This molecular tag consists of a methyl group (one carbon and three hydrogen atoms) that cells can attach to the cytosine base in DNA, one of the four A-C-T-G bases of which the DNA sequence is comprised. Despite the minuscule size of this molecular tag, its presence can instruct the cell to wrap up and compress the surrounding DNA so that the underlying DNA sequence becomes inaccessible and unreadable to the cell.
Through our new mapping technique, we were able to identify the precise location of all the DNA methylation tags throughout an entire genome at once, producing the first comprehensive maps in plants and then in humans.
This technique now enables us to identify the differences in the epigenome of essentially any type of cell, in any organism. In the ARC Centre of Excellence in Plant Energy Biology, we’re using this approach to identify how the epigenome changes when plants are exposed to challenging environmental conditions, such as drought or high temperature, and how these changes might prime the plants for greater tolerance of subsequent exposures.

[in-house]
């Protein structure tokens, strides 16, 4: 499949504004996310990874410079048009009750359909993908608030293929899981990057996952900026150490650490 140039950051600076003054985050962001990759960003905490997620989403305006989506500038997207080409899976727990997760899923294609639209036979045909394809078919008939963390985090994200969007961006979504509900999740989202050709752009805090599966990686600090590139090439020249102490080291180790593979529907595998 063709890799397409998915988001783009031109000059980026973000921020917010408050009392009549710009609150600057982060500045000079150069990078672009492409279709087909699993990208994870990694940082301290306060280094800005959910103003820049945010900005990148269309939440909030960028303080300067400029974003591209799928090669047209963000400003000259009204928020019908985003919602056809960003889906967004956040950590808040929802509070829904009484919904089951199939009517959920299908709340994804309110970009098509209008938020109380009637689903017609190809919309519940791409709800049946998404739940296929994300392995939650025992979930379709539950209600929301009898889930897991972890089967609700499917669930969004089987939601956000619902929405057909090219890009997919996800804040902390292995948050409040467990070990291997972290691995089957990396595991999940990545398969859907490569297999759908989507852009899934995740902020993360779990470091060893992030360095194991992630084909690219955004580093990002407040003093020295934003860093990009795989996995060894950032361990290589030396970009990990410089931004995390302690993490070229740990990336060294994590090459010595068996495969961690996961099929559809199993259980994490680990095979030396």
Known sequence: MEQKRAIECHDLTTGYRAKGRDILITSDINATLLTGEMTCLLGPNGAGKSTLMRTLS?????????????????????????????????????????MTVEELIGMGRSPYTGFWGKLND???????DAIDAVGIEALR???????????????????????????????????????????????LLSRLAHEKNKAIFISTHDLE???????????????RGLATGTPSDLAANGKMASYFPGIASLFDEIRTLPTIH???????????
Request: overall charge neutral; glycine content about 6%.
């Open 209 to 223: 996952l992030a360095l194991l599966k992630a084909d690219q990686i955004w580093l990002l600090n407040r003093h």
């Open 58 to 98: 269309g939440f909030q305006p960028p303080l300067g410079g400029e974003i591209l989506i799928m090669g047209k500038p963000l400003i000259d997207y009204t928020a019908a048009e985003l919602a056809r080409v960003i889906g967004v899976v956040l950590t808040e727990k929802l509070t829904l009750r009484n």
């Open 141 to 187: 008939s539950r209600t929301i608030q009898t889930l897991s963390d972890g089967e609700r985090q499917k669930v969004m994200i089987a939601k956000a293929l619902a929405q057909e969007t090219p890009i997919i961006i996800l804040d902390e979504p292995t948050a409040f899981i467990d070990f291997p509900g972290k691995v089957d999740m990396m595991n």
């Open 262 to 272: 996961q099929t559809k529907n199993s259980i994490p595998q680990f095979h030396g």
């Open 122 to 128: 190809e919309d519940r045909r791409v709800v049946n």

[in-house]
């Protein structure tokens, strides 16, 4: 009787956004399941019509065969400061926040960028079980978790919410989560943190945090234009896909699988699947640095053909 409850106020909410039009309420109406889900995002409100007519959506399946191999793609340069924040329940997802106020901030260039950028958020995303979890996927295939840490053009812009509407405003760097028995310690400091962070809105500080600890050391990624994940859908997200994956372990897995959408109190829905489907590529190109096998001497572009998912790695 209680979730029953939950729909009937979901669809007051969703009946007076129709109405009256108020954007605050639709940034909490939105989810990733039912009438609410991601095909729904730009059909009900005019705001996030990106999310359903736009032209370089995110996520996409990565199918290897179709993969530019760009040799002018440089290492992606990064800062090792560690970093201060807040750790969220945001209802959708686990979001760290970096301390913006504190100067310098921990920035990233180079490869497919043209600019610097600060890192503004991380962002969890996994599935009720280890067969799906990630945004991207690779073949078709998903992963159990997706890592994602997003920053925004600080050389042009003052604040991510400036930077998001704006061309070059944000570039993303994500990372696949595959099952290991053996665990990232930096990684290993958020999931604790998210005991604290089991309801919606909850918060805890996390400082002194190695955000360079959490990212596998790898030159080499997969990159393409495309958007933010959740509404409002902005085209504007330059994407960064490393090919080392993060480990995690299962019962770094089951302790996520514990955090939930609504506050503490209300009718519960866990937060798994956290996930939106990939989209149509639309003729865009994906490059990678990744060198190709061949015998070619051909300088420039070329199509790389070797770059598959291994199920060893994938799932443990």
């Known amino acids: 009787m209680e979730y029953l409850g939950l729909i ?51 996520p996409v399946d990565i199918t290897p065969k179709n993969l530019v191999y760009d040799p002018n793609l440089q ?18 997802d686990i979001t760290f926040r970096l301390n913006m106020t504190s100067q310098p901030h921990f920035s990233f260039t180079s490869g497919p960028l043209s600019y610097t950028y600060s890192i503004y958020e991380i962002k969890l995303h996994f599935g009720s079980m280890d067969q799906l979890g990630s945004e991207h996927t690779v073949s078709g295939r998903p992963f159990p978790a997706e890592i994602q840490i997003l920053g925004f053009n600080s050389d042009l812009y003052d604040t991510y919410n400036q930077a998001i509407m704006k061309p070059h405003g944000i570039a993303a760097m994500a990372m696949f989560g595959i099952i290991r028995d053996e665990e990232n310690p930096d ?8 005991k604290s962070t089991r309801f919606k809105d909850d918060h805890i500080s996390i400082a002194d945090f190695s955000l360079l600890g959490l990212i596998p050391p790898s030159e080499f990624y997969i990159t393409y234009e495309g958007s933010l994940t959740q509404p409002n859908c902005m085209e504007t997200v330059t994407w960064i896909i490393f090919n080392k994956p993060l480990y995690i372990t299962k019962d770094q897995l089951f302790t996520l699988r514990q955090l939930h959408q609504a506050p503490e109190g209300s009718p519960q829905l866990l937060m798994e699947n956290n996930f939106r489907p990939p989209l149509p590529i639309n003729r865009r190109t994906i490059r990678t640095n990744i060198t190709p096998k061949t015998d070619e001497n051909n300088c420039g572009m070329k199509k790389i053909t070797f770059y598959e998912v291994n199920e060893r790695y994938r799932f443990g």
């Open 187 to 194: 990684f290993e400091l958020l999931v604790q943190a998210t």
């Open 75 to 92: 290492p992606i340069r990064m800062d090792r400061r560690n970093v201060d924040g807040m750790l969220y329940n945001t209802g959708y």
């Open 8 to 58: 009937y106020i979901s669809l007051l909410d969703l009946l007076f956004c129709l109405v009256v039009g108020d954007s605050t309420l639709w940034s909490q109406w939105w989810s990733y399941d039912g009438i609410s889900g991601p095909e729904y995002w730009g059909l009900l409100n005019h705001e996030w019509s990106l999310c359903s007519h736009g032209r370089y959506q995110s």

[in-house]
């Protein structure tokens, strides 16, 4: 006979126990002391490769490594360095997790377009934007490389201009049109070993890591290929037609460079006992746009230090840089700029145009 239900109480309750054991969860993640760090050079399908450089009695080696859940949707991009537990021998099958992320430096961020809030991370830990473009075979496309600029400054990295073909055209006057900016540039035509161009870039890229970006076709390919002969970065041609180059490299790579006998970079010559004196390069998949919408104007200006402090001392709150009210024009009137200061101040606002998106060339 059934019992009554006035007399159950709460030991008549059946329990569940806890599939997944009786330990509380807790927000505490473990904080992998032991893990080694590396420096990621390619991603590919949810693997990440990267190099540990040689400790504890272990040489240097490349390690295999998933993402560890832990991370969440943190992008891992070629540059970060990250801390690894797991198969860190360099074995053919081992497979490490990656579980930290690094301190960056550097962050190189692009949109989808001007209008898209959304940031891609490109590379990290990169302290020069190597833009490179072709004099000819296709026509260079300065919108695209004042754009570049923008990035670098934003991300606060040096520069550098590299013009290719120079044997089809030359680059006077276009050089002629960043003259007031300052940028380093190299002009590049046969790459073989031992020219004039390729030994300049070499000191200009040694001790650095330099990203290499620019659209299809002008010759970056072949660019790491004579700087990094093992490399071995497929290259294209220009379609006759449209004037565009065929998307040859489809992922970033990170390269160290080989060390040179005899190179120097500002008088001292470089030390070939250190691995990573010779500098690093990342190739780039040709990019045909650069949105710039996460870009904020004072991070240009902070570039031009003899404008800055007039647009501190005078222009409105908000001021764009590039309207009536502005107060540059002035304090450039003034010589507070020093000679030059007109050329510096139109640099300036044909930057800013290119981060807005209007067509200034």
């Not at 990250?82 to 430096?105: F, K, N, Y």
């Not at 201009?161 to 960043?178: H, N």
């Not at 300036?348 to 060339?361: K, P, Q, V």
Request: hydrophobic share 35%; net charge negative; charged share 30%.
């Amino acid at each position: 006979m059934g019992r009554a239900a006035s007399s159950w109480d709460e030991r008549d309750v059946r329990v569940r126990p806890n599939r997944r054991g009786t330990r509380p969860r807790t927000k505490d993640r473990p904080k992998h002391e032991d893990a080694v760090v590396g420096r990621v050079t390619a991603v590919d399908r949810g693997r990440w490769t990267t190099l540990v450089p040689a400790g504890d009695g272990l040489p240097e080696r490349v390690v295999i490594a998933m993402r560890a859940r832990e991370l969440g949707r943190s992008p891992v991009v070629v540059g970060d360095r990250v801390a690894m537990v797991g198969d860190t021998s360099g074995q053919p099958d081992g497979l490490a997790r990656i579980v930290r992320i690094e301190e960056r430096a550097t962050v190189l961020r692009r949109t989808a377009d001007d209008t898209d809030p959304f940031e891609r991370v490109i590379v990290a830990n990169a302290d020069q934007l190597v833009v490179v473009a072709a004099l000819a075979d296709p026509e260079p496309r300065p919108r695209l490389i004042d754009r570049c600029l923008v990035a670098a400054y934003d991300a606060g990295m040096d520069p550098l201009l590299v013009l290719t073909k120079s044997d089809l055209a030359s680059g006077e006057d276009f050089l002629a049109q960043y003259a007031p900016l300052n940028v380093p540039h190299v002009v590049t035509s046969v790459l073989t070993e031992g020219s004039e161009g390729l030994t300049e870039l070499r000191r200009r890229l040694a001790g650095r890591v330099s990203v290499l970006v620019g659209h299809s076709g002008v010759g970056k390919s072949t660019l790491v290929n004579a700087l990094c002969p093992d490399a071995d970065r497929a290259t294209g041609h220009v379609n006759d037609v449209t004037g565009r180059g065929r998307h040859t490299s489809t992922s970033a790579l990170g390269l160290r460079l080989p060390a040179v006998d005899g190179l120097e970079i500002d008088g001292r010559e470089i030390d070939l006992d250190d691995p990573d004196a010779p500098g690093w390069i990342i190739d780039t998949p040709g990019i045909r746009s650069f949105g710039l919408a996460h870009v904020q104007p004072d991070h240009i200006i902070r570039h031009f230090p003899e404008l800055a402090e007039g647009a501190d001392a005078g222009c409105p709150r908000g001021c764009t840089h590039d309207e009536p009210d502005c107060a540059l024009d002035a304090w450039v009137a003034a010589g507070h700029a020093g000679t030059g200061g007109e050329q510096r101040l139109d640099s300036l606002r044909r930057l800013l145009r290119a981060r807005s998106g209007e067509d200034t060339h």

In our studies of the human epigenome, we first compared embryonic stem cells (which have the capacity to become any type of cell in the body) to specialised cells similar to a skin cell. While the genomic DNA sequence of these two different types of human cell was almost identical, we found that the epigenome was completely different, which has important implications for the very distinct functions of these two cell types.
More recently, we’ve been studying the changes in the epigenome that take place in the human brain during development. We discovered that the pattern of the epigenome changes extensively during the period when neural circuits are forming and maturing in a child’s brain.